Scuba_Dave 09-18-2009 05:39 PM

There should have been a vapor barrier under the cement
Very inexpensive to put in before pouring the slab :(

Cement does stay fairly cool when in contact with the earth
And an object on top would allow the cement in that area to remain cooler
Enough warm air could still condense under an object against a cold floor I suppose

Gary in WA 09-18-2009 05:51 PM

I second the wet coming from below because of the bucket test. The air cannot dry the moisture under the bucket, hence it stays wet.

"The soil is clay. " ---- there is your problem. Water is traveling sideways on the clay to the interior slab, rising due to the warm garage from the sun on the roof. Divert downspout water 10' away, install drain tile around the perimeter of the whole garage, into a backyard drywell.
Be safe, Gary

Tom S. 09-18-2009 08:07 PM

Thanks, guys. Yeah, twenty bucks worth of plastic might have solved this before it stared. Code in this area doesn't require a vapor barrier in this application, and even before the concrete went down the builder- who was experienced -said he'd never had a problem w/o one. Today I talked to a couple of concrete contractors. Both said that they likely wouldn't have done it either but also agreed that it's cheap insurance. Great. They each recommended saw-cutting around the inside perimeter of the room, removing the floor and pouring a new slab over a barrier. That's what my best friend recommended over a year ago. The contractors also said that I should install a french drain around the building. That would require dry wells like GBR mentioned because the ground is flat.

stadry 09-19-2009 04:54 AM

post the test results of moisture test when rcd,,, there are some coatings avail that may help,,, none're found at apron stores, tho,,, occasionally some floors will transmit wtr vapor even w/barrier - that's usually wicking from ground moisture.

Jack A. Trades 09-19-2009 05:28 PM

If you have access to power, have you considered installing a dehumidifier or a few fans? That would be easy on the budget.

Scuba_Dave 09-19-2009 06:18 PM

Much cheaper then repouring concrete
But running a dehumidifer is like running an AC - they take quite a bit of power

I'm not sure what KWH charge these were based on:


Typical dehumidifiers cost about 6 to
10 per hour of operation. Monthly costs from $15 to $35 are

common but can exceed $50 per month if the dehumidifier runs a lot.


Will cost between $15 - $45 per month depending on usage. If emptied every day, the cost is towards the higher end
It all depends upon how much moisture there is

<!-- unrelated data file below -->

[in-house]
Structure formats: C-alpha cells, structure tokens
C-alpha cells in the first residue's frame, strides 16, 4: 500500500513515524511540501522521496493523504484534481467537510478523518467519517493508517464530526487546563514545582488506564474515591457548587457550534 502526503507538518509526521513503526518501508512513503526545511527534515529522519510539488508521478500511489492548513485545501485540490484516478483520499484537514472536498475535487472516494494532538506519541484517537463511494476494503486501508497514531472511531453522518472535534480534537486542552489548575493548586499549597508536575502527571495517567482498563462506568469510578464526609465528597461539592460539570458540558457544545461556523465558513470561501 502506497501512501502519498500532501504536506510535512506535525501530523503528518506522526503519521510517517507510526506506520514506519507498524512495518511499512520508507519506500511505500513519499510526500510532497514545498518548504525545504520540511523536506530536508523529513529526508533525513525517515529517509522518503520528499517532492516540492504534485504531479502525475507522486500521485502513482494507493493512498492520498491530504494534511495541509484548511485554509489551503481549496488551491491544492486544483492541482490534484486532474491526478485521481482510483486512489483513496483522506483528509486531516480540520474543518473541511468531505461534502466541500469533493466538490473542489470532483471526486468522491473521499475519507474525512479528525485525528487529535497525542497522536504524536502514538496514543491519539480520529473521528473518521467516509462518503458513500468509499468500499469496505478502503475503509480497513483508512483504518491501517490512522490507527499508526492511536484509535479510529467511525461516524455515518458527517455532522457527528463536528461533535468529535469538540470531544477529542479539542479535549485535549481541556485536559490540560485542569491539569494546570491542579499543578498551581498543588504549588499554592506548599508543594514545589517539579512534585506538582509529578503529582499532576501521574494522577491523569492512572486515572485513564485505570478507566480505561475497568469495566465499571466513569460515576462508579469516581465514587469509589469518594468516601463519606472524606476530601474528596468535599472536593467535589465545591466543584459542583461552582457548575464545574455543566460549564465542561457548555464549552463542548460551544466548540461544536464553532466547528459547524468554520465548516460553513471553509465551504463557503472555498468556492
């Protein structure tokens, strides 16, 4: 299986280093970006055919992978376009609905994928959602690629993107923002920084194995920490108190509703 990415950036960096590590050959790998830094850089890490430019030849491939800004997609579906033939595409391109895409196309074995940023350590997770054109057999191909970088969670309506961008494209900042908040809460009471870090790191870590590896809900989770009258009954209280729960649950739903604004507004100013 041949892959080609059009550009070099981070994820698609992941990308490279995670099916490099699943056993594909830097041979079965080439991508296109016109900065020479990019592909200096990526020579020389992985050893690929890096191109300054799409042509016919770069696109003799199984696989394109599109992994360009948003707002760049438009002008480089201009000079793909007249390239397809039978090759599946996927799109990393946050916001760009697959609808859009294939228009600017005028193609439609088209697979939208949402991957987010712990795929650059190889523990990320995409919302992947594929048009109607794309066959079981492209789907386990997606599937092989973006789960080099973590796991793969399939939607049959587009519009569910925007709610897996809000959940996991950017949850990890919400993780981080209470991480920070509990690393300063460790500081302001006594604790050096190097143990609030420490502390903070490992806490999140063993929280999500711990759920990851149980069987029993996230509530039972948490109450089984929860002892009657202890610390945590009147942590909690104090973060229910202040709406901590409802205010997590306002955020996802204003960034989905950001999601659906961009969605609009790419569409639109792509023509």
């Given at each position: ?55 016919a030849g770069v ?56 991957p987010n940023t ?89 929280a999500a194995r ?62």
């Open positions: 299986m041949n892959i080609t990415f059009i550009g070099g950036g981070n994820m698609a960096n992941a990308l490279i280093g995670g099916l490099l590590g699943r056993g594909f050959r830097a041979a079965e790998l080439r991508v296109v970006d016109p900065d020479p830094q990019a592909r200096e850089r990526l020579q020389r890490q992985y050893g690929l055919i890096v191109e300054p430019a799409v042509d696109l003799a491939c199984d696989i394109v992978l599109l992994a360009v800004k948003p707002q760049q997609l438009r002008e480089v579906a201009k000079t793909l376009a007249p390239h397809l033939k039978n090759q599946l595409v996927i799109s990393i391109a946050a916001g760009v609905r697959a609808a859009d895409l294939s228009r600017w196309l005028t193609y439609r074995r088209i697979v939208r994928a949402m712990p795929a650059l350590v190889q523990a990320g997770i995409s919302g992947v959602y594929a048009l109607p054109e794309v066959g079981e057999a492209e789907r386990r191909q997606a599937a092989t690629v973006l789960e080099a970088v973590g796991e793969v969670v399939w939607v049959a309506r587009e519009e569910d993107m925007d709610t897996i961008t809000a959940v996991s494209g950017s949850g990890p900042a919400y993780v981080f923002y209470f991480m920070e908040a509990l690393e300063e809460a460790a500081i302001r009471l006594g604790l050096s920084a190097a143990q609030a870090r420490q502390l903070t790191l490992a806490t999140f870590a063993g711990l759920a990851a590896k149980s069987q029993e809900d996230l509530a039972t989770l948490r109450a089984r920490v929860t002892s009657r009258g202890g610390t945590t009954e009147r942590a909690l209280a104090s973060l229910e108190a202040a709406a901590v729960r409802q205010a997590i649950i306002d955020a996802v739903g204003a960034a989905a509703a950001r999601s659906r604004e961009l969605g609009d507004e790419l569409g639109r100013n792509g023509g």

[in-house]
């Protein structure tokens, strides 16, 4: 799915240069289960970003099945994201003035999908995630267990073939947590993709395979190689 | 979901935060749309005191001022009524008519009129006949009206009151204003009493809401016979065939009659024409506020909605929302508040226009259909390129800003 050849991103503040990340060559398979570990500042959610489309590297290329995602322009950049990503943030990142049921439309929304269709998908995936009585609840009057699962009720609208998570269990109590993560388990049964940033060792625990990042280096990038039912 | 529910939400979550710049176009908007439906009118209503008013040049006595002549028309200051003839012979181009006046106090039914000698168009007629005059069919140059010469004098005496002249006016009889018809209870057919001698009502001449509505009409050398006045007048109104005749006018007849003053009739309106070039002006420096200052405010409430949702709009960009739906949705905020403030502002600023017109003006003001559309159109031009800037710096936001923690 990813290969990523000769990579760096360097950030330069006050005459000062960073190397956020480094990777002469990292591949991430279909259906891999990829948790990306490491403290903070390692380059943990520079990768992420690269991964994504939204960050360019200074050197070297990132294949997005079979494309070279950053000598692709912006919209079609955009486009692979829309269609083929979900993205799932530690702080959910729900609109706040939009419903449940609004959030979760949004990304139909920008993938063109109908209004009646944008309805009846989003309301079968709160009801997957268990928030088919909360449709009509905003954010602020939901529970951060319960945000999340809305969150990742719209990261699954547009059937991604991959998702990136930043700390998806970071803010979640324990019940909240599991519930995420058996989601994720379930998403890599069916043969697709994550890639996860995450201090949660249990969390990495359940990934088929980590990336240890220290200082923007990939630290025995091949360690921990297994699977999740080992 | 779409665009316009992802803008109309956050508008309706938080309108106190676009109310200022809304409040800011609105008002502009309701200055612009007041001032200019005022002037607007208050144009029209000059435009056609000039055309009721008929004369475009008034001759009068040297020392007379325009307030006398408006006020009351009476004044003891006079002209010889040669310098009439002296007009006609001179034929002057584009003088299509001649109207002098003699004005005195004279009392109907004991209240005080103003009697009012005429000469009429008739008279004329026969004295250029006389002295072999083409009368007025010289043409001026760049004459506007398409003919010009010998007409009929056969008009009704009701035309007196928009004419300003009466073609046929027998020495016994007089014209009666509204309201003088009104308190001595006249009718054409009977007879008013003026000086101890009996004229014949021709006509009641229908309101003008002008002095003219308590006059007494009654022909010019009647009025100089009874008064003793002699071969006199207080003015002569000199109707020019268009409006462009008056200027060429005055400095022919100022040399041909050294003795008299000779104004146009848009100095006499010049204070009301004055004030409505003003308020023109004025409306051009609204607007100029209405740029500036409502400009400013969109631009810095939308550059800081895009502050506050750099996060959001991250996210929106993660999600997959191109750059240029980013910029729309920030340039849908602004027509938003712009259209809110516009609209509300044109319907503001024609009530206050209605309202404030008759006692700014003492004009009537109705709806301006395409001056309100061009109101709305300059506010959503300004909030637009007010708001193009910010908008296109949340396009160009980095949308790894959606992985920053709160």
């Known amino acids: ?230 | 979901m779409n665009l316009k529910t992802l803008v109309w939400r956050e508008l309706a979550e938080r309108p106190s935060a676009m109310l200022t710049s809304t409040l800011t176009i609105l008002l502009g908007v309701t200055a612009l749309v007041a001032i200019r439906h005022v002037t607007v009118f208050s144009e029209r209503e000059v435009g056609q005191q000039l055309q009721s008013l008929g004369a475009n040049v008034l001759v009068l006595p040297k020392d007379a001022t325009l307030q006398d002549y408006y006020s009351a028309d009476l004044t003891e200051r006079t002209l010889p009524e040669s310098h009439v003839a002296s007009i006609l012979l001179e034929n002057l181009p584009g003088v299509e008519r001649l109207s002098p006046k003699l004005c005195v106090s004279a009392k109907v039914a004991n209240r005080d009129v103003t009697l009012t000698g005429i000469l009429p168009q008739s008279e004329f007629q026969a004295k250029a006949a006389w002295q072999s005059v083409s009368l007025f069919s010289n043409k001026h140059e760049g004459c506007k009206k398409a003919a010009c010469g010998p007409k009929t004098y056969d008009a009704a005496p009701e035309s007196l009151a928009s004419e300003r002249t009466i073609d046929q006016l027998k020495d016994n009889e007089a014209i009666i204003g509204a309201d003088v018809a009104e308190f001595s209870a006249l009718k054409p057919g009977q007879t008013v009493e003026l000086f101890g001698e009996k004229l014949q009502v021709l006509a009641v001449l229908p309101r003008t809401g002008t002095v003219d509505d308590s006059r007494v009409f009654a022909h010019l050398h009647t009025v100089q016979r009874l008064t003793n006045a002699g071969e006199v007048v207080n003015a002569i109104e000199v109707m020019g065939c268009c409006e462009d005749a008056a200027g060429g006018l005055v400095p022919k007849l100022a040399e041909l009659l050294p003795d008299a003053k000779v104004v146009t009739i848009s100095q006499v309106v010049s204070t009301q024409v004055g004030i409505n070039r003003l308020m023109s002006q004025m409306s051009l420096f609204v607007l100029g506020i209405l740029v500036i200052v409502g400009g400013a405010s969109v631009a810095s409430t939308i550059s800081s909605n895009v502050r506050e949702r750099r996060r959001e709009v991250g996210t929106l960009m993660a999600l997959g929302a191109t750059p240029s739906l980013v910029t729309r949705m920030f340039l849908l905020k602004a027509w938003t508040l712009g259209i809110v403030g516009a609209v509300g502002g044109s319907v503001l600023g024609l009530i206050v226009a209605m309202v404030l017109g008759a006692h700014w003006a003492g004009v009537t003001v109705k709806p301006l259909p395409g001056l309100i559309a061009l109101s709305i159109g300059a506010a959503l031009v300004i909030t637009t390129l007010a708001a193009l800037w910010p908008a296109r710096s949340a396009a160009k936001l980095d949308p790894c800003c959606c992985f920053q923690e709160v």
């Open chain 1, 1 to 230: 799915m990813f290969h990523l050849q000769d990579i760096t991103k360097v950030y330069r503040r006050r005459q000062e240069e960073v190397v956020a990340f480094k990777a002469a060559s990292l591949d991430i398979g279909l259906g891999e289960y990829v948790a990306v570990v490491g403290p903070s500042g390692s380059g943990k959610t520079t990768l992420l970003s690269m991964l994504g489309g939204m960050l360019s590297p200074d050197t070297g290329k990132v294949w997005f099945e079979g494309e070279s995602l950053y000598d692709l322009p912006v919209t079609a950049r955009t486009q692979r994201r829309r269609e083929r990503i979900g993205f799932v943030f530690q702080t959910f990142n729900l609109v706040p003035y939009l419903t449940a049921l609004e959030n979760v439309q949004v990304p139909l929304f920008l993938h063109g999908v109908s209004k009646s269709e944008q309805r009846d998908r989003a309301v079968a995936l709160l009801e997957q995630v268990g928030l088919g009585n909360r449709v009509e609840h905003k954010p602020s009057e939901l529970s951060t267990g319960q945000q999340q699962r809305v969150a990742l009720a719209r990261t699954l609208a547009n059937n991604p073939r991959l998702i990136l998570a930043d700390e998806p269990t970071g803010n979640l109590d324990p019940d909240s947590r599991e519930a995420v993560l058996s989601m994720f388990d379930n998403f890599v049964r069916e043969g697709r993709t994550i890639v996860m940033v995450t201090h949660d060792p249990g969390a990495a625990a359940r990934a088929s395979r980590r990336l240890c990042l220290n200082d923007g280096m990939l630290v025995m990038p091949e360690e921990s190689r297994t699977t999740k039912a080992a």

Constant moisture would mean it would be running most of the time
So it would be on the high end cost-wise
And it would be dumping all the heat into the garage unless you rig it up to exhaust outside

RegeSullivan 09-20-2009 07:28 PM


There is no doubt in my mind that you are getting at least some moisture coming up from the ground. I also believe it would be much more controllable in an insulated space. If the down spouts are not draining far enough away from the building moving them could go a long way in solving your problem.


logan7ms 01-14-2010 10:26 AM

Moisture Stop Epoxy Coatings
Hey Everyone, you might find this helpful.

Just wanted to let people know that there are moisture stop epoxy coatings out there. They penetrate deep in the concrete. For people like myself that had moisture problems in their garages or basements, this option worked the best for me and had lasted 5 years now with no peel-ups or flaking.

beenthere 01-14-2010 12:57 PM

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calconcrete 03-25-2010 01:15 PM

Damp concrete garage floor

You need to get some definitive information about how severe the moisture problem is on your garage floor.

I'd suggest going to and getting one of their moisture test kits. You do the test over 24 hours and mail the materials back to them. They will send you a report for free detailing how much MVE (moisture vapor emissions) are coming off the floor.

We use an epoxy and polyurea sealer from Versatile Building Products: It easily withstands 8 lbs of MVE pressure without peeling up.

Best of luck with your garage. Water problems are never easy to deal with.

Patrick Dowd
California Concrete Restoration

stadry 03-27-2010 05:15 AM

impossible to suggest a mtl that'll work til you post the rising moisture numbers,,, forgot to ask - why'd you neglect the moisture/vapor barrier when originally placing the monopour ? ? ? what indicated your shed would be in a drought ad infinitum ? [ that means ' forever ' ] ? ? ?

every time i think most understand the basics of conc const, another 1 bites himself in the *** :eek: